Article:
Topic: human rights

Guatemala v Honduras: comparing prospects for change

[This post is published in Spanish on the 3500 milliones blog] From Honduras, I went to Guatemala for a couple of days. Didn’t have time to get out into the countryside, which is a real shame since rural Guate has to be one of the most amazing places to visit in Latin America. But a […]

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Campaigners can still learn from the Abolition of Slavery: guest post by Max Lawson

Max Lawson, Oxfam’s head of advocacy, reflects on what today’s campaigners on the Robin Hood Tax (or pretty much anything else) can learn from the anti-slavery movement A global industry, dominated by the UK, providing a third of our GDP. An industry that purchases politicians, and is deeply rooted in the establishment. An industry, formerly revered, […]

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What to do about Syria? How about declaring its oil and arms contracts illegitimate? Neat idea from CGD

What to do about Syria? The inventive wonks at CGD think they have a neat answer: “The main financial and legal centres of the world should declare that any contracts signed after today by a regime which has been designated illegitimate will be regarded as odious, and will not be enforceable in their jurisdictions.” CGD’s […]

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International Women's Day – what to celebrate, what to condemn?

It’s international women’s day today and the media and blogosphere are bouncing with ‘glass half full’ and ‘glass half empty’ discussions of the state of women’s rights. So let’s look at both halves of the glass (for a more pop version, this Independent on Sunday curtain-raiser is hard to beat, and I loved my friend Claire Melamed’s […]

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The state of India – an advocacy masterclass from Amartya Sen and Jean Dreze

Jean Dreze (right) and Amartya Sen (left) are a longstanding partnership that produces brilliant analysis of India’s development path. Their recent piece ‘Putting Growth in its Place’ draws you in with some great questions, and then uses league tables to taunt India’s decision-makers into action – So you think we’re an emerging world power? Think again. We’re […]

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Soccer, mobile workshops and struggle: how change happens in Bolivia

I’ ve been locked away all week with Oxfam’s big cheeses, who meet twice a year for a week’s deep thought, collective therapy and an avalanche of management-speak. The theme this time was ‘how change happens’ (HCH): everyone arrived with a programme story + analysis of the change process. They were fascinating, and I’ll probably […]

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From planetary ceilings to social floors: can we live inside the doughnut?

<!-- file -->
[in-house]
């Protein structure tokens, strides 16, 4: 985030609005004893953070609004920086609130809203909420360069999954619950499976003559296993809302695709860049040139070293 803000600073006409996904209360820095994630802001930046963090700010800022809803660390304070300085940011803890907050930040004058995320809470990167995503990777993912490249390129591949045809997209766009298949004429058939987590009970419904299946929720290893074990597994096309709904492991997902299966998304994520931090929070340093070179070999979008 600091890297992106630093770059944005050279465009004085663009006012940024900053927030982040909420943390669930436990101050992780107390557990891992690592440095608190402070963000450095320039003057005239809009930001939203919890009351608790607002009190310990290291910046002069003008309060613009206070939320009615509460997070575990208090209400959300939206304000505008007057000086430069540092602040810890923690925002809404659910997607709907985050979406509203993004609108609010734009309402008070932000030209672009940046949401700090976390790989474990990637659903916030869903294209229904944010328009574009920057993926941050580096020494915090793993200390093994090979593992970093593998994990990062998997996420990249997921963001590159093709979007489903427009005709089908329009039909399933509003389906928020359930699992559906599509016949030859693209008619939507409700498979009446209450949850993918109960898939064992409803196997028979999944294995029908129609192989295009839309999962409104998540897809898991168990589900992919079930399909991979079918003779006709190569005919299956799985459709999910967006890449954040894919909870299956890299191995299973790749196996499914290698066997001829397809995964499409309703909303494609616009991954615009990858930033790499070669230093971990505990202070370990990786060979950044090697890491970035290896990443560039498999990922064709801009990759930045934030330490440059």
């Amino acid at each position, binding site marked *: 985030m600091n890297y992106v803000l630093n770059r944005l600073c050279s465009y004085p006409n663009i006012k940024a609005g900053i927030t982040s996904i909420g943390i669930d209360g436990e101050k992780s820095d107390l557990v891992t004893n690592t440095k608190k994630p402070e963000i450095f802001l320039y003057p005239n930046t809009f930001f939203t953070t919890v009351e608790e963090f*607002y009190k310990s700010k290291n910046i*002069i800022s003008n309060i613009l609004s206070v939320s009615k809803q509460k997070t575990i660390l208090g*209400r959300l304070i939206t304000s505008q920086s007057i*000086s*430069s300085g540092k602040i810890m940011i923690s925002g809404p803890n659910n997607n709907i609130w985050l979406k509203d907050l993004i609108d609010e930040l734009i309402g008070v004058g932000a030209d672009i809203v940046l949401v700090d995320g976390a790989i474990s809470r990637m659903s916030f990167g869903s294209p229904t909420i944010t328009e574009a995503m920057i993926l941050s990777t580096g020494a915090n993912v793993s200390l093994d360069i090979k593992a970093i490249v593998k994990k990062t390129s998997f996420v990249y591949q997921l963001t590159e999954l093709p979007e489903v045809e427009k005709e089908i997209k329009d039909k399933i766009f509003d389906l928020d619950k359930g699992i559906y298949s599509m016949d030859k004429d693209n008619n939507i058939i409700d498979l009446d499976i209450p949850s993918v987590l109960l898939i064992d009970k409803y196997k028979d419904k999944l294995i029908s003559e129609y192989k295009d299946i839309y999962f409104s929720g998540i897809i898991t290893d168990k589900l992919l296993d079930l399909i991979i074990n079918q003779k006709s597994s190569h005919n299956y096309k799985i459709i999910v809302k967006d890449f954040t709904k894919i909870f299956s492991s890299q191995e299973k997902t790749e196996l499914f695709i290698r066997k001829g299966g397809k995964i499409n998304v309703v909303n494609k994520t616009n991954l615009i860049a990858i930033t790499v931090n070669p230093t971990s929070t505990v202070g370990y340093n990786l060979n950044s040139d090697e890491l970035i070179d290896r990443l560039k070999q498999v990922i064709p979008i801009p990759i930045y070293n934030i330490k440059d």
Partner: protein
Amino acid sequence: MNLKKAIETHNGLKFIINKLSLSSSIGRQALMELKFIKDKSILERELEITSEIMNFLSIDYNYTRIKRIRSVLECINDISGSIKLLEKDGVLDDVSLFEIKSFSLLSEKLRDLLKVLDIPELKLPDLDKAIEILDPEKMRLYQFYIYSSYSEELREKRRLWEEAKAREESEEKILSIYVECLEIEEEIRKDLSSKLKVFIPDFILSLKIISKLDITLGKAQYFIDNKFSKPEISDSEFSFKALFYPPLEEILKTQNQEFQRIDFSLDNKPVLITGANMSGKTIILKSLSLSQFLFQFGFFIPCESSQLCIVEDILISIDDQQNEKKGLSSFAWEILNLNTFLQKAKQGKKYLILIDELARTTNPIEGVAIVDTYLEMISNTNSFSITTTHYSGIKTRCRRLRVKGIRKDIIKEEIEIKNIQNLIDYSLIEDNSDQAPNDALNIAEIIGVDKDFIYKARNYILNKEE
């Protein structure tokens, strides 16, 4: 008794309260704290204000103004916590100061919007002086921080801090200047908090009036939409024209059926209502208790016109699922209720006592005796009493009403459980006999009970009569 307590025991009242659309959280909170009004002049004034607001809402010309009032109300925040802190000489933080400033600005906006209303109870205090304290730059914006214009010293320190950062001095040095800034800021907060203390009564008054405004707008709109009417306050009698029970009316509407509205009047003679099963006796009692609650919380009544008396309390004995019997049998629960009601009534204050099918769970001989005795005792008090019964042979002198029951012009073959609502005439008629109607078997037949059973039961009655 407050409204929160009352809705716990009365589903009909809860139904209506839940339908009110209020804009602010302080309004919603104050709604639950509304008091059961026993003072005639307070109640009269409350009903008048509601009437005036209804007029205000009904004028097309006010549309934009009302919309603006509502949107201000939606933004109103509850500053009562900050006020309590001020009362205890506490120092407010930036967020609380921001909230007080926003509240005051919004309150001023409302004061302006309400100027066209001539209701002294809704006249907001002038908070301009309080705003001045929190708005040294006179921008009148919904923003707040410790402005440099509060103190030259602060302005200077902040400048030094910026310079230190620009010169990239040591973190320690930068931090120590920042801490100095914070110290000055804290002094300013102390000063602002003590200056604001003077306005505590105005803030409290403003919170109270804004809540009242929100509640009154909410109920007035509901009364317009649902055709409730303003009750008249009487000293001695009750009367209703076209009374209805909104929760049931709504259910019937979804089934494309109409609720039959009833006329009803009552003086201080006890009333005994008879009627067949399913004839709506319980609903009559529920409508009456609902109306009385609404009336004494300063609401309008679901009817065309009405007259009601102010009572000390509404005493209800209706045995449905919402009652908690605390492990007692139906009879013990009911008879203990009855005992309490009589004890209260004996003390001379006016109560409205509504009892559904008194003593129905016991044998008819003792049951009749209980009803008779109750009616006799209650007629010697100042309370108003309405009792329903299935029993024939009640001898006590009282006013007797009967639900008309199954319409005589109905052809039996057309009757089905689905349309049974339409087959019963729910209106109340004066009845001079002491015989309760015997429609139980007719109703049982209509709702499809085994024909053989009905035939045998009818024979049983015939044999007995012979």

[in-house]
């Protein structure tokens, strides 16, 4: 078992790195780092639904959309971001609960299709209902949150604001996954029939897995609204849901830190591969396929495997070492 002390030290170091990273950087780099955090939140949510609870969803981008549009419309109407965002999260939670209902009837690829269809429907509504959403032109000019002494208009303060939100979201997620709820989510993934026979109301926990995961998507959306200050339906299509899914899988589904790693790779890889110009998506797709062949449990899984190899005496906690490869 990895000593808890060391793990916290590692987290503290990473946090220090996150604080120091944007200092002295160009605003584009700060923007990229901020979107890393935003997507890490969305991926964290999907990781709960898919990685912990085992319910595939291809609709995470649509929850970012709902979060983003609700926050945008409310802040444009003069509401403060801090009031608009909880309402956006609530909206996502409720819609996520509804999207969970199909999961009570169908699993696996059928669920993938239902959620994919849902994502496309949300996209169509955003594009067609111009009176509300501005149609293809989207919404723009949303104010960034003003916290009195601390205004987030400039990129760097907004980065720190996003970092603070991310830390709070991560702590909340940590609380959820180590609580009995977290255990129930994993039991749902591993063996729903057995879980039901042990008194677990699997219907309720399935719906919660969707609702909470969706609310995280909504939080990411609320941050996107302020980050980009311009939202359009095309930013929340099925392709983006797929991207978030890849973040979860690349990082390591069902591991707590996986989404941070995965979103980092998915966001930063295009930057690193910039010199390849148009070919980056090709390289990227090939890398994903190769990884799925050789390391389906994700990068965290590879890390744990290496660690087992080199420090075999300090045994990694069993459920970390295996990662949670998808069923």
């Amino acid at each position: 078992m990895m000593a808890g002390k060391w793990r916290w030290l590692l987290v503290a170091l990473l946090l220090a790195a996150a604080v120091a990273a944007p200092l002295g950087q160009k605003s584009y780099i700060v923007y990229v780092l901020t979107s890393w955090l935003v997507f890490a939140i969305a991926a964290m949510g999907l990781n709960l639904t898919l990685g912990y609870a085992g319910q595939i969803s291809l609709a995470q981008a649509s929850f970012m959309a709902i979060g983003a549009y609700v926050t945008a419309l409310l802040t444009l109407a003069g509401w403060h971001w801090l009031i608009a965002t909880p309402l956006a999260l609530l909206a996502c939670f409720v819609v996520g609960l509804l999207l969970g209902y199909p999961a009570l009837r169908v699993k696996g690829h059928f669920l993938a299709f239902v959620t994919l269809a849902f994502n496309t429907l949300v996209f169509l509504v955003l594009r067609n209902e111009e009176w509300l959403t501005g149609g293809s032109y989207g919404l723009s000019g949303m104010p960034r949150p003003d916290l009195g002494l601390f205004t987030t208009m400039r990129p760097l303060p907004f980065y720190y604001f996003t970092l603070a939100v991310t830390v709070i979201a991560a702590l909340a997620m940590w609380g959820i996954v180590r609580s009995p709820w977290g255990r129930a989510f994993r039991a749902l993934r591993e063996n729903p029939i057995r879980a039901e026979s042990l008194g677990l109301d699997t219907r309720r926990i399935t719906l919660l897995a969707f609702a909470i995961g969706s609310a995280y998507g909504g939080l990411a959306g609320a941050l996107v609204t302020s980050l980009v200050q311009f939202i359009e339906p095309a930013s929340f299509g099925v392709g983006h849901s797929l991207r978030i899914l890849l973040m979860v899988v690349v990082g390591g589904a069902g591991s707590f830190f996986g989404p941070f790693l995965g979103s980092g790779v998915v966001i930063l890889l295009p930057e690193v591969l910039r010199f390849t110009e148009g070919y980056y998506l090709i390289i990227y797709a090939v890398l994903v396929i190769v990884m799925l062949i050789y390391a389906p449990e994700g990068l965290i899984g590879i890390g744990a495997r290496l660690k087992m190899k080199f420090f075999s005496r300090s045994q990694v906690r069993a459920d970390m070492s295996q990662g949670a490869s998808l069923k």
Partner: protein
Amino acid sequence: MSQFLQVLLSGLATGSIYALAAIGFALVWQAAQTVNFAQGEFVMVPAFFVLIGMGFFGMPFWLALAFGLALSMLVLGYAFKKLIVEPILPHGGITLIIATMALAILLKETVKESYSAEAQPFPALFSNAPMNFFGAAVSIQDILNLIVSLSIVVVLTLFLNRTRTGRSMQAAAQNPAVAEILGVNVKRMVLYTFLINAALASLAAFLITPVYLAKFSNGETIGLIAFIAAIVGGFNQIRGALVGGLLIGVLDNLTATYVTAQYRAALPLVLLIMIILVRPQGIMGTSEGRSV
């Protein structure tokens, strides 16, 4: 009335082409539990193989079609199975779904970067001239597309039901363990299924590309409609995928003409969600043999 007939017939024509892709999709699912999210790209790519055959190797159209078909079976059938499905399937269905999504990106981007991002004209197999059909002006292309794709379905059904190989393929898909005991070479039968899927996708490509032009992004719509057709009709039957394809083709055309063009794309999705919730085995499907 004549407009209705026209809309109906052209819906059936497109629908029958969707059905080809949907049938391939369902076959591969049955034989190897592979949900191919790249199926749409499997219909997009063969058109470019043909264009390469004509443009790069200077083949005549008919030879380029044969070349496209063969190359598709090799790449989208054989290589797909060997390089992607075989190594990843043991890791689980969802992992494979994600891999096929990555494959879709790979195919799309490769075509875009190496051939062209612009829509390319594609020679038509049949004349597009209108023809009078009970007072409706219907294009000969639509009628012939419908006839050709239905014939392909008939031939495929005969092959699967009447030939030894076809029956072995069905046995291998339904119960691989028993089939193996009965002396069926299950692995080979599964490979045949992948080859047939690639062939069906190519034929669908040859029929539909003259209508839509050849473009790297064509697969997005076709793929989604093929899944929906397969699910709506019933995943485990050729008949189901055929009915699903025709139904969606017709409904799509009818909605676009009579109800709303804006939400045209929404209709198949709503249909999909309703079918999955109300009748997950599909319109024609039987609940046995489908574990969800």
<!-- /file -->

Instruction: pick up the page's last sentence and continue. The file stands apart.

This is a guest post and a request for comments and suggestions by Kate Raworth, Oxfam’s Senior Researcher, who is doing some really interesting thinking on new economics and the ‘post 2015 agenda’ – i.e. what comes after the MDGs. In 2009, 29 of the world’s leading Earth-system scientists drew up a set of nine […]

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Development’s Cinderella? Why does the aid industry ignore disabled people?

This is a guest post from Tim Wainwright, an Exfam (ex-Oxfam) friend who now runs ADD International, an NGO working on disability and development. An edited version appeared yesterday on the Guardian Poverty Matters blog. It really does puzzle me. Why does so much of mainstream development’s resources, research, campaigning efforts and attention ignore disabled […]

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Why are over 3 million people campaigning on violence against women in South Asia?

Every NGO (and probably most other organizations) has its iconic success stories, the ones that make your job feel both feasible and worthwhile. One of Oxfam’s is the ‘We Can’ campaign in South Asia, an extraordinary viral campaign on violence against women (VAW – sorry, another acronym) launched in late 2004, that at the last count […]

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The latest (big) numbers on land grabs, and some powerful case studies

Oxfam adds its voice to the growing clamour about land grabs with two new reports out today. Land and Power: The Growing Scandal Surrounding the New Wave of Investments in Land pulls together some fascinating (and sometimes shocking) case studies from South Sudan, Uganda, Indonesia, Honduras and Guatemala, and adds up some big new global […]

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Will the new World Development Report transform our thinking on gender and inequality?

Some editions of the World Bank’s annual flagship World Development Report come to be seen as intellectual milestones – the WDRs on poverty (1990, 2000); equity (2005) or agriculture (2008). Others sink without trace – who remembers ‘reshaping economic geography’ (2009)? So let’s hope that the publication today of the 2012 WDR, Gender Equality and […]

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Nike v Commonwealth – who's best on women's rights?

Here’s a brief workout for your gender analysis skills, in advance of this weekend’s launch of the 2012 World Development Report on gender and inequality. Two superficially similar short (2 minute) videos on women’s empowerment: one from Nike Foundation, and the other from the Commonwealth. Your task – compare, contrast and identify what’s missing. Then […]

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